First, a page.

Bluff Street food trucks to benefit Duquesne clubs

Taylor Carr | Staff Photographer Proceeds from the Food Truck Frenzy will go towards organizations such as Best Buddies and Circle of Sisterhood.
Taylor Carr | Staff Photographer
Proceeds from the Food Truck Frenzy will go towards organizations such as Best Buddies and Circle of Sisterhood.

By Elsa Buehler | Staff Writer

As was made clear during the food truck event last week, there is one magical factor that unites every Duquesne student: food.

Well, on April 20, there was plenty of good food to be found on Bluff Street, directly behind Mellon Hall. This was the day of the “Duq-A-Palooza Food Truck Frenzy” — a mouthful (literally) of an event hosted by Duquesne University’s Greek Life and Greek Ambassadors Program. According to Emily Rice, one of the event’s coordinators, “The Greek Ambassador program is a sophomore leadership program for Greek students, in an effort to create opportunities for leadership earlier on in their fraternal experience.”

If a love of good food is where we Duquesne students come together, it follows that we must have conflicting food preferences. Luckily, the Food Truck Frenzy offered a full spread of delicious options.

I spoke briefly to Regina Akhmetzyanov, co-owner of PGH Crepes Food Truck, about her business before the lunch rush hit. Regina told me that she and her husband, Ilmir, opened the food truck originally as a crepe cart in 2015. Since then, their business has taken off incredibly; they own a full food truck, hired a few employees, and even cater. Regina said that they are content with the current state of their company, but the opening of an actual restaurant could be a possibility for them.

Regina’s husband, Ilmir, is a native of Ufa, Russia, where crepes are an extremely popular dish. The couple’s website,, states, “our company wholeheartedly offers delicious, savory, and sweet crepes.” Sure enough, their mission is clear and simple.

PGH Crepes features a short, but carefully selected, menu of savory and sweet crepes ranging from around five to nine dollars a piece, as well as smoothies and Ilmir’s fresh-squeezed lemonade. The lemonade, I can personally assure you, was amazing, and was especially welcomed in the 80 degree heat. As for the crepes, Regina recommends their most popular strawberry banana crepe with Nutella.

Freshman speech pathology majors and St. Martin’s residents Alexis Speck and Brooke Berger really seemed to enjoy the food at PGH Crepes.

“The crepes were good! They were soft and gooey and warm…definitely worth the long wait,” Berger said.

Speck added, “Fabulous! Ten out of ten would recommend. S’mores is always worth it.”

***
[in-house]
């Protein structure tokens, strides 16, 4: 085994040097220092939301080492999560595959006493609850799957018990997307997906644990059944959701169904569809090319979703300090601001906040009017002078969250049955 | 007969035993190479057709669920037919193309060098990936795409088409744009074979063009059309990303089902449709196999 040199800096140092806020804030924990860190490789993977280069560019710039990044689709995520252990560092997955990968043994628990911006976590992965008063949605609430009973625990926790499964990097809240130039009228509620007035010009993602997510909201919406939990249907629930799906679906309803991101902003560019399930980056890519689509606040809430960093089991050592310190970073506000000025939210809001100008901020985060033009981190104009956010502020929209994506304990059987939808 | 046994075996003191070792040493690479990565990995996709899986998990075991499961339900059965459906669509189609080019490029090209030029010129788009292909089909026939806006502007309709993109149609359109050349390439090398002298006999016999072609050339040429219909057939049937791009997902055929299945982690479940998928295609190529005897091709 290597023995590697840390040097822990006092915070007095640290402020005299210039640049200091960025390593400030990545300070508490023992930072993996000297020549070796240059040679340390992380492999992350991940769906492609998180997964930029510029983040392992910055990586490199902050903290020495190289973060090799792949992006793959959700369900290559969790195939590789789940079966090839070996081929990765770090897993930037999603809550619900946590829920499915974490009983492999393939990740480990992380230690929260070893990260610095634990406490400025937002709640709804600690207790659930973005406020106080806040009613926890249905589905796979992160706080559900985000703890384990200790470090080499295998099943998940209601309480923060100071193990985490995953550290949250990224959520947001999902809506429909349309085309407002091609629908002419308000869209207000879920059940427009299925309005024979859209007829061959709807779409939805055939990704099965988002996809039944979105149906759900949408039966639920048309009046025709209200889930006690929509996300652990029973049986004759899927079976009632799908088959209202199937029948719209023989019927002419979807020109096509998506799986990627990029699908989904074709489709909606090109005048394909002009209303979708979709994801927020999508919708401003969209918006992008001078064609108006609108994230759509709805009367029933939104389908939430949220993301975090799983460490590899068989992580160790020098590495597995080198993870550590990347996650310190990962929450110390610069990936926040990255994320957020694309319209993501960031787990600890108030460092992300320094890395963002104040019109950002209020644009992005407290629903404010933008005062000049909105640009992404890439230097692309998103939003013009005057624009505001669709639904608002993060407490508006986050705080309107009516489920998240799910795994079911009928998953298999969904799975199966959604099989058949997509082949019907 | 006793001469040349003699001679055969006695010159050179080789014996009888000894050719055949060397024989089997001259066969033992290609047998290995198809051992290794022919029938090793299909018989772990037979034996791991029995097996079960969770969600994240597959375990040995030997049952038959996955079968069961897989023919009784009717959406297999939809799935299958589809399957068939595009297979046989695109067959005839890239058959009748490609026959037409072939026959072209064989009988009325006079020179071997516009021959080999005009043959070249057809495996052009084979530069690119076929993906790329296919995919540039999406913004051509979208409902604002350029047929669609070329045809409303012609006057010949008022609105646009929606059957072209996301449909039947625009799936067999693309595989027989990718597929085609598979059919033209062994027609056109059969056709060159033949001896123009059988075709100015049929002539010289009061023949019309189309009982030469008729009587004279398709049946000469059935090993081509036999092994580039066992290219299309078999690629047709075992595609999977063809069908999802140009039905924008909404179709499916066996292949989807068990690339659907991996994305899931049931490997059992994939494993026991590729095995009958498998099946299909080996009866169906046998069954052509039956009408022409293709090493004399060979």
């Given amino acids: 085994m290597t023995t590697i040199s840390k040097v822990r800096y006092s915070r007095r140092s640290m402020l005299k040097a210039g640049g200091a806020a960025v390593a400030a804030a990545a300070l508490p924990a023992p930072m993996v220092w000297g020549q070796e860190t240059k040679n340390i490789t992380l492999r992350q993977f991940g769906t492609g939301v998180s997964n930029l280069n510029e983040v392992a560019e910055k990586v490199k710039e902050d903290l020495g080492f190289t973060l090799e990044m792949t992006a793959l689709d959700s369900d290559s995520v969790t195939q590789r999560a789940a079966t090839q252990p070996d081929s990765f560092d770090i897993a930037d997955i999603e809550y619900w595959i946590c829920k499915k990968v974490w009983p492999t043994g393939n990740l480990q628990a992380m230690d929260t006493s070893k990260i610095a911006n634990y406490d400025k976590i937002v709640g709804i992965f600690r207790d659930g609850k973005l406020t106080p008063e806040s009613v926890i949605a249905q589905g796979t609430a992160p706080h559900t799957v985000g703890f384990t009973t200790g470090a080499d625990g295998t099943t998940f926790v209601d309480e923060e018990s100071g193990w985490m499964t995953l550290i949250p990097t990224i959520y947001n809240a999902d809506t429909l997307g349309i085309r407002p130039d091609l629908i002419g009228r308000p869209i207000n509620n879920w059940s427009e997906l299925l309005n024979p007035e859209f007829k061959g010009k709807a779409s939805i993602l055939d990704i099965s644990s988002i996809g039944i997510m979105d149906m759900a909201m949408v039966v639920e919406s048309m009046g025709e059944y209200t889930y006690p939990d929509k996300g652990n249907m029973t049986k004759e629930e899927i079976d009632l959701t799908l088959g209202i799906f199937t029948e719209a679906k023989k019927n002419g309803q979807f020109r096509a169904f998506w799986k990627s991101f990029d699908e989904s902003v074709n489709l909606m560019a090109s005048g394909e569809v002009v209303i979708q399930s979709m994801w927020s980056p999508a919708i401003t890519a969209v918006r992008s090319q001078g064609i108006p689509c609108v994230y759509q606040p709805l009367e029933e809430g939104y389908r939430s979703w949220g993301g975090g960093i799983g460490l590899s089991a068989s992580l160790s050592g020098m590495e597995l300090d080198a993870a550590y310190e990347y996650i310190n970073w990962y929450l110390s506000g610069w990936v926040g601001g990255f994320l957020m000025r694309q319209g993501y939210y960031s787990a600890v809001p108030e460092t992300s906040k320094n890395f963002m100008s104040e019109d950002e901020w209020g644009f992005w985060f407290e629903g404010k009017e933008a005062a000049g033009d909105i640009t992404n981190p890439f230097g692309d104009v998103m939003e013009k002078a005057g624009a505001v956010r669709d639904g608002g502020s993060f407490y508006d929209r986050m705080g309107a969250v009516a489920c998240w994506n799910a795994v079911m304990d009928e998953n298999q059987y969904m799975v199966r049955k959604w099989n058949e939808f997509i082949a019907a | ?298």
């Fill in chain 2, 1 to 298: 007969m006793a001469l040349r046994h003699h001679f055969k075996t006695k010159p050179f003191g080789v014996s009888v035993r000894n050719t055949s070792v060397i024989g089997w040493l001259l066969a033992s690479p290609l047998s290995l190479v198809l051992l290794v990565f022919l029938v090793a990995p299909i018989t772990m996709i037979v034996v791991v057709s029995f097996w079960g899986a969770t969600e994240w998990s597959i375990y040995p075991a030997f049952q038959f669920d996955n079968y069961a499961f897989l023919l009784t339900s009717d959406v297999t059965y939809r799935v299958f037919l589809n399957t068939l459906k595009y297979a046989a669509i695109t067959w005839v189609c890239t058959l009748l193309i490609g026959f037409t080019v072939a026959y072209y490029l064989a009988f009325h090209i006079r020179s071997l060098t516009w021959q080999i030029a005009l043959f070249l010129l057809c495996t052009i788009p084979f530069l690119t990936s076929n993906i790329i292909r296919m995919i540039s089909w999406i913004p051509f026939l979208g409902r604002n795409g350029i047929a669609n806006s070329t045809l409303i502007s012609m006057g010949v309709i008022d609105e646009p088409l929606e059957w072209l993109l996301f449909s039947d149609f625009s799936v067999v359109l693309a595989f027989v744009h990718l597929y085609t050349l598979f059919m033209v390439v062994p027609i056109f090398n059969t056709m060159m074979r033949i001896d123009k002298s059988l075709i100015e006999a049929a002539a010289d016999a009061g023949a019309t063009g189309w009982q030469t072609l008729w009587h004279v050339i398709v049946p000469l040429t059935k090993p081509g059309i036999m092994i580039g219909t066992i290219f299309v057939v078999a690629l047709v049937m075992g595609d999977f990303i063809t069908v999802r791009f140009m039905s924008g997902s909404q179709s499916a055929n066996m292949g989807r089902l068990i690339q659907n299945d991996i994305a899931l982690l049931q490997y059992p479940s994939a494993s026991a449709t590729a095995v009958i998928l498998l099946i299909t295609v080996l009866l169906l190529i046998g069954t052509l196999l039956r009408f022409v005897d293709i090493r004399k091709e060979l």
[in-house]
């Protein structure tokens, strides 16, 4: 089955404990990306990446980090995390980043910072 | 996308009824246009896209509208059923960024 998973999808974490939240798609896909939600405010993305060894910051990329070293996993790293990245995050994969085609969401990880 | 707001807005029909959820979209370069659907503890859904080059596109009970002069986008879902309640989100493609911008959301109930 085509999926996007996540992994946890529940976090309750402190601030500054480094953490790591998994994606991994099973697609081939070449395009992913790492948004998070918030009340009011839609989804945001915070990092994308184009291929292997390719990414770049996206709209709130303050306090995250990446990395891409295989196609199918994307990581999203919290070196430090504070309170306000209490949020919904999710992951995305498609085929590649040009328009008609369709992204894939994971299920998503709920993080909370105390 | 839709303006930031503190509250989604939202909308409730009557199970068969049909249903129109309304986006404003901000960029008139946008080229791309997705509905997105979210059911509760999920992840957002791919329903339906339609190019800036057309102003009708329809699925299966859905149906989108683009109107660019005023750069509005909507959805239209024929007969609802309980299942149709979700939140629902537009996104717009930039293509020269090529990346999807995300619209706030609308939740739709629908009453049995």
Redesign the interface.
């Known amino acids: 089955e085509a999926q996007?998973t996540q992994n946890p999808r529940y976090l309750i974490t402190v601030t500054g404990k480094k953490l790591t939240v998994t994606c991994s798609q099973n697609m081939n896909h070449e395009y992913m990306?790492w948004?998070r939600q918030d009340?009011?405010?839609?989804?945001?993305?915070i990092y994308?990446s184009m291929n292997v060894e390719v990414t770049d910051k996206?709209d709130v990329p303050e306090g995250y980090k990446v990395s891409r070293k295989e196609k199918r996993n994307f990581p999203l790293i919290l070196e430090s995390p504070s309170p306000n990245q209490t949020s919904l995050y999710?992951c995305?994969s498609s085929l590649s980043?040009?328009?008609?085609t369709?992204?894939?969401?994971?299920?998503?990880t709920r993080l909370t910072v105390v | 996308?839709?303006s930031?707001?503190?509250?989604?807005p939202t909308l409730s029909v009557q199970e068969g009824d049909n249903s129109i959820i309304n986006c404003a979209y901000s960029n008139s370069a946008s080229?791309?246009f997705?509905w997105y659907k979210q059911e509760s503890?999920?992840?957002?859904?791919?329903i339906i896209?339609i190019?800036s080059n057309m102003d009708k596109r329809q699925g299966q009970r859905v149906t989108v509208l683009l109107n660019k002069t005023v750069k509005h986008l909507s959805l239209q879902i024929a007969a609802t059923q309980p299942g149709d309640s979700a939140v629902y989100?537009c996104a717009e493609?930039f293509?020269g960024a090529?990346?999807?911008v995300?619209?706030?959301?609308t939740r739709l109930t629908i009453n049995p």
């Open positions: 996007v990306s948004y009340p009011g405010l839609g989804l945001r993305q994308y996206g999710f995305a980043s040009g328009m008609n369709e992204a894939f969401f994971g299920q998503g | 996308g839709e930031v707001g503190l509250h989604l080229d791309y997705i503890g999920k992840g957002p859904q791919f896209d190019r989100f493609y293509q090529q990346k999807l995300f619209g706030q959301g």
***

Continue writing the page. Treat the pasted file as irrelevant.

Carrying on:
Didn’t make it over to their stand? Maybe you just couldn’t get enough? PGH Crepes can be found in Oakland during lunch hours on many weekdays, and at various festivals and events on weekends. Their Twitter account (@pghcrepes) is the best way to keep up to date on where to find them around the city.

PGH Crepes was joined by six other food trucks at the event, said Rice. These trucks included Miss Meatball, Gyros N’at, Nakama, Franktuary, PGH Pierogi Truck and Oh My Grill. Rice said that she and the other event coordinators attended various food truck events around the city to find the best ones to bring to campus.

If you weren’t aware, the event had a dual purpose: not only to give convenient access to good food for students and faculty, but also to support philanthropies affiliated with Greek Life. Rice said that Rebecca Mickler, Director of Greek Life, suggested the idea to have the event, hoping that it would benefit those on campus hungry for lunch or dinner as well as Best Buddies and Circle of Sisterhood.

“We chose to support Best Buddies and Circle of Sisterhood because they are the philanthropies supported by the Interfraternity Council and the Panhellenic Council respectively,” Rice said. “Since this event was sponsored by the Greek Ambassadors Program in conjunction with Greek Life, we decided it would be a great way to raise money for each philanthropy.”

Circle of Sisterhood, Rice said, works to educate “impoverished young women and girls in underdeveloped nations around the world in order to give them a better life for themselves and their families,” and is the national philanthropy for the National Panhellenic Council in the United States. Best Buddies is an organization that pairs high school and college students with adults with disabilities to participate in fun, organized events.

The Food Truck Frenzy benefited the organizations in two ways: each truck paid a base fee to participate in the event and there were also donation jars set up at each station. Rice said that a Venmo account was even created so donations could be made with debit and credit cards. She was proud to announce that the event raked in around $750, which will be evenly split between the two philanthropies.

As a final note, Rice would like to add: “I just want to say thank you to everyone who helped make this event possible, without them it wouldn’t have been a success! Also, a huge thank you to everyone who came to eat and support the event, I hope the long lines were worth it!”

Thanks to the participating food trucks like PGH Crepes, and the hard work of many Greek Life members, the Food Truck Frenzy was a raging success, with lines clear up Mellon Hall’s back lawn all day. Hopefully, students can expect similar events in the semesters to come. Until then, we can just enjoy the fine cuisine that Hogan has to offer.